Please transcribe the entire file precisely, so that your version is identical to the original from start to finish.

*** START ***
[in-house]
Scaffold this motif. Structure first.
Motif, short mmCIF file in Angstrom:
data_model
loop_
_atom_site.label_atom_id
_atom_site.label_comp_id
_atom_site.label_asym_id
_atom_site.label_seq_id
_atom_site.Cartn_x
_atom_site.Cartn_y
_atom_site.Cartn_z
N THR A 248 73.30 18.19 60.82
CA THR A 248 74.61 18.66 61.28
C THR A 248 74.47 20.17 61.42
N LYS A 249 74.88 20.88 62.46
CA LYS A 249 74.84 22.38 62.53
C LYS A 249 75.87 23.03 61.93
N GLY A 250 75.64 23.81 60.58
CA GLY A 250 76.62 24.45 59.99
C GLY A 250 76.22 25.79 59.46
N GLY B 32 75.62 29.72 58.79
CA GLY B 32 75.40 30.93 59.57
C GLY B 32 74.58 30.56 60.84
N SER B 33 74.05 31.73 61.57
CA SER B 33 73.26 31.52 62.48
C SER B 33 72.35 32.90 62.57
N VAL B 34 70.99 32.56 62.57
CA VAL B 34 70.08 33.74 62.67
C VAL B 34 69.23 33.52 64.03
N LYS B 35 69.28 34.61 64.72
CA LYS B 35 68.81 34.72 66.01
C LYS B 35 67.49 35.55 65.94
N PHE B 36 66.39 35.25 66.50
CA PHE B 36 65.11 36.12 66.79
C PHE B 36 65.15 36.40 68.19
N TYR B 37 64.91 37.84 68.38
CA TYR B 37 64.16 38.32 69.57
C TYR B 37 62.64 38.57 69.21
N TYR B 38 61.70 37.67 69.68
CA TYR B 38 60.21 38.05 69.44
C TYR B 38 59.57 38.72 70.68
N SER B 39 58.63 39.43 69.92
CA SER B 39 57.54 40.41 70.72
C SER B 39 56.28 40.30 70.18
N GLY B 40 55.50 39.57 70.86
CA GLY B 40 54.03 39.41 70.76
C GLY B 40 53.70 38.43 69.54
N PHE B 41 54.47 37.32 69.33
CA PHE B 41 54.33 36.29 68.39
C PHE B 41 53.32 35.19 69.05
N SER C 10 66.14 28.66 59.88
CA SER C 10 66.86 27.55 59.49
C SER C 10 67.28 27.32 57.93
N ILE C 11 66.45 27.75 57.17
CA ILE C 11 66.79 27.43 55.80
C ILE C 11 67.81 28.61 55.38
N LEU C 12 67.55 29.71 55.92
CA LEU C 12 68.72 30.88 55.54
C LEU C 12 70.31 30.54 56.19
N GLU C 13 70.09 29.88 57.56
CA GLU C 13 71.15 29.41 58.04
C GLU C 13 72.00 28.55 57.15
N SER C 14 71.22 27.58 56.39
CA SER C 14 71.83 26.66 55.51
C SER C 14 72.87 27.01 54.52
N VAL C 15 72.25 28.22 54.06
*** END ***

[in-house]
Scaffold this motif. Structure first.
Motif, short mmCIF file in Angstrom:
data_model
loop_
_atom_site.label_atom_id
_atom_site.label_comp_id
_atom_site.label_asym_id
_atom_site.label_seq_id
_atom_site.Cartn_x
_atom_site.Cartn_y
_atom_site.Cartn_z
N THR A 248 73.30 18.19 60.82
CA THR A 248 74.61 18.66 61.28
C THR A 248 74.47 20.17 61.42
N LYS A 249 74.88 20.88 62.46
CA LYS A 249 74.84 22.38 62.53
C LYS A 249 75.87 23.03 61.93
N GLY A 250 75.64 23.81 60.58
CA GLY A 250 76.62 24.45 59.99
C GLY A 250 76.22 25.79 59.46
N GLY B 32 75.62 29.72 58.79
CA GLY B 32 75.40 30.93 59.57
C GLY B 32 74.58 30.56 60.84
N SER B 33 74.05 31.73 61.57
CA SER B 33 73.26 31.52 62.48
C SER B 33 72.35 32.90 62.57
N VAL B 34 70.99 32.56 62.57
CA VAL B 34 70.08 33.74 62.67
C VAL B 34 69.23 33.52 64.03
N LYS B 35 69.28 34.61 64.72
CA LYS B 35 68.81 34.72 66.01
C LYS B 35 67.49 35.55 65.94
N PHE B 36 66.39 35.25 66.50
CA PHE B 36 65.11 36.12 66.79
C PHE B 36 65.15 36.40 68.19
N TYR B 37 64.91 37.84 68.38
CA TYR B 37 64.16 38.32 69.57
C TYR B 37 62.64 38.57 69.21
N TYR B 38 61.70 37.67 69.68
CA TYR B 38 60.21 38.05 69.44
C TYR B 38 59.57 38.72 70.68
N SER B 39 58.63 39.43 69.92
CA SER B 39 57.54 40.41 70.72
C SER B 39 56.28 40.30 70.18
N GLY B 40 55.50 39.57 70.86
CA GLY B 40 54.03 39.41 70.76
C GLY B 40 53.70 38.43 69.54
N PHE B 41 54.47 37.32 69.33
CA PHE B 41 54.33 36.29 68.39
C PHE B 41 53.32 35.19 69.05
N SER C 10 66.14 28.66 59.88
CA SER C 10 66.86 27.55 59.49
C SER C 10 67.28 27.32 57.93
N ILE C 11 66.45 27.75 57.17
CA ILE C 11 66.79 27.43 55.80
C ILE C 11 67.81 28.61 55.38
N LEU C 12 67.55 29.71 55.92
CA LEU C 12 68.72 30.88 55.54
C LEU C 12 70.31 30.54 56.19
N GLU C 13 70.09 29.88 57.56
CA GLU C 13 71.15 29.41 58.04
C GLU C 13 72.00 28.55 57.15
N SER C 14 71.22 27.58 56.39
CA SER C 14 71.83 26.66 55.51
C SER C 14 72.87 27.01 54.52
N VAL C 15 72.25 28.22 54.06